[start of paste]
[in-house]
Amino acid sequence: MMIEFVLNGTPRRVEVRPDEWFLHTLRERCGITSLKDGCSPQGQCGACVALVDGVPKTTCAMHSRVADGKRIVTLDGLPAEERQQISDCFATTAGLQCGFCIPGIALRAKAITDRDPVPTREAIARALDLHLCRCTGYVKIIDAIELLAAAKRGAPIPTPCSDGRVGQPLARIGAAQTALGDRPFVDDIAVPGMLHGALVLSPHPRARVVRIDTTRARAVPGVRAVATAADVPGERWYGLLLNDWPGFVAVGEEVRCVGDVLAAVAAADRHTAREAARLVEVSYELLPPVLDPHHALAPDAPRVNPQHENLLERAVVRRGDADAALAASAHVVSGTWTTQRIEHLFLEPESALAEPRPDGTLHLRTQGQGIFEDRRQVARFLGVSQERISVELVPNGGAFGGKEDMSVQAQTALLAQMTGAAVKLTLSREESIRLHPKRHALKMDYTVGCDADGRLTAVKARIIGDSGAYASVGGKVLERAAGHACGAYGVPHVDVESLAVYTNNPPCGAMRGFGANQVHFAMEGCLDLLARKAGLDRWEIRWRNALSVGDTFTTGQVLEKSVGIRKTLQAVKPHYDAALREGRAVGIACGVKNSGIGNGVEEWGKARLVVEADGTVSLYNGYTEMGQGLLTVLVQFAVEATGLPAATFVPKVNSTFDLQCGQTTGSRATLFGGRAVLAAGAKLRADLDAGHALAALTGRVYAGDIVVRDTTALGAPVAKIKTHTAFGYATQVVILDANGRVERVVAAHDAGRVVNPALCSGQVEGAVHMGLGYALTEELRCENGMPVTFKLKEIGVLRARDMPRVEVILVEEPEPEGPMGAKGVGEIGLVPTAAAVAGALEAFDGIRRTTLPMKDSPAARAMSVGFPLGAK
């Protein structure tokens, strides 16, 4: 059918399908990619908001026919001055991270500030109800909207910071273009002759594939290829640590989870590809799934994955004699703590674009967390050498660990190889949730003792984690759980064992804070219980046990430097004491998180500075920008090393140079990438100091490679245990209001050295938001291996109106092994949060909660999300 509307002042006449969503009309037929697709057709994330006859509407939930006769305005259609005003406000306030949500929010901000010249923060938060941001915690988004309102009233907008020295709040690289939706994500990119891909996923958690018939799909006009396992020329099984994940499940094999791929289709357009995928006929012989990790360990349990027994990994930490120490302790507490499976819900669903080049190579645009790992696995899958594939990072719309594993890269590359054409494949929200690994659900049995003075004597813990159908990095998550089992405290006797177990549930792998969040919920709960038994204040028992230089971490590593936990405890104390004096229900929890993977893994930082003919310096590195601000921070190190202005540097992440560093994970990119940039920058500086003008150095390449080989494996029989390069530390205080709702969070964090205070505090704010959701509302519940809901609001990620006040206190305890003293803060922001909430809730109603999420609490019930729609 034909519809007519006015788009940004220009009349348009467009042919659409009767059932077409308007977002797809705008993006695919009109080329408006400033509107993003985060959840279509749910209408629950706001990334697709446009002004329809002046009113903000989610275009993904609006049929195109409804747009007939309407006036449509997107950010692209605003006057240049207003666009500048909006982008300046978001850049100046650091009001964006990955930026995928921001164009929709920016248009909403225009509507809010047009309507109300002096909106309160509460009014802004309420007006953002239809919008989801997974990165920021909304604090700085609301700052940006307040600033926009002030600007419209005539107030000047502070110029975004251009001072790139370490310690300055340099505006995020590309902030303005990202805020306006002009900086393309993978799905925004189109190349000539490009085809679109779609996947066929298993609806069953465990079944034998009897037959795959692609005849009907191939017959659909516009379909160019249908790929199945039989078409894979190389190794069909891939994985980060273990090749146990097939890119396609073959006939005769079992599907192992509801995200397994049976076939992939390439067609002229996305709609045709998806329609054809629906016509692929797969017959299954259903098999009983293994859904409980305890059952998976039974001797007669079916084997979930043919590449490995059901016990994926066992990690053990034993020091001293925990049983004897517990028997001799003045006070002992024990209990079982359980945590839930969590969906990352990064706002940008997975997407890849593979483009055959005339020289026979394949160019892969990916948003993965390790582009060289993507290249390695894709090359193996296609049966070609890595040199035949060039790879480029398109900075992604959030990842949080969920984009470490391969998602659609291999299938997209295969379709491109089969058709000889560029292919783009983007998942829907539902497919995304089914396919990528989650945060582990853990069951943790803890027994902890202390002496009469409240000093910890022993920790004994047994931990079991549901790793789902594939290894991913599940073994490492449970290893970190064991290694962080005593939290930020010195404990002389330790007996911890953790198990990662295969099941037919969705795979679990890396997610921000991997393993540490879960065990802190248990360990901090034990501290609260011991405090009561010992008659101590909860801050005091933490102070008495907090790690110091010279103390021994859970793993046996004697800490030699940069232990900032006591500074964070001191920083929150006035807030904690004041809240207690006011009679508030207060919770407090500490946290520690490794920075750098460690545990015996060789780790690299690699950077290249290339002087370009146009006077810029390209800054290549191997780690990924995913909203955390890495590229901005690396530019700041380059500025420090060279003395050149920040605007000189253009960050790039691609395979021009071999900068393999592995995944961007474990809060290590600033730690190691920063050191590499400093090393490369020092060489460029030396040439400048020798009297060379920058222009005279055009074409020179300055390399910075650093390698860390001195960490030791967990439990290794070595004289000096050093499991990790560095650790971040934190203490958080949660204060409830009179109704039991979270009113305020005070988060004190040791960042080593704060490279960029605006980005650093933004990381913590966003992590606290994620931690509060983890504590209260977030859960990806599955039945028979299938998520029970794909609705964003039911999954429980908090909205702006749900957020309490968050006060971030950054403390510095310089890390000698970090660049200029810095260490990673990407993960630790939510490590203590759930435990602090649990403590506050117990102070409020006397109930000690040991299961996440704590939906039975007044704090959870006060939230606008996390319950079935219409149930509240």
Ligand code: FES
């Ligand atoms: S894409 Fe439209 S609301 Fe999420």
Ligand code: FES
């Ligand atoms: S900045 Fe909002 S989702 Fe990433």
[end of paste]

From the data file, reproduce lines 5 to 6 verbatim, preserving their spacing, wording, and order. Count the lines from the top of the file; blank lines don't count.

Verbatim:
């Ligand atoms: S894409 Fe439209 S609301 Fe999420």
Ligand code: FES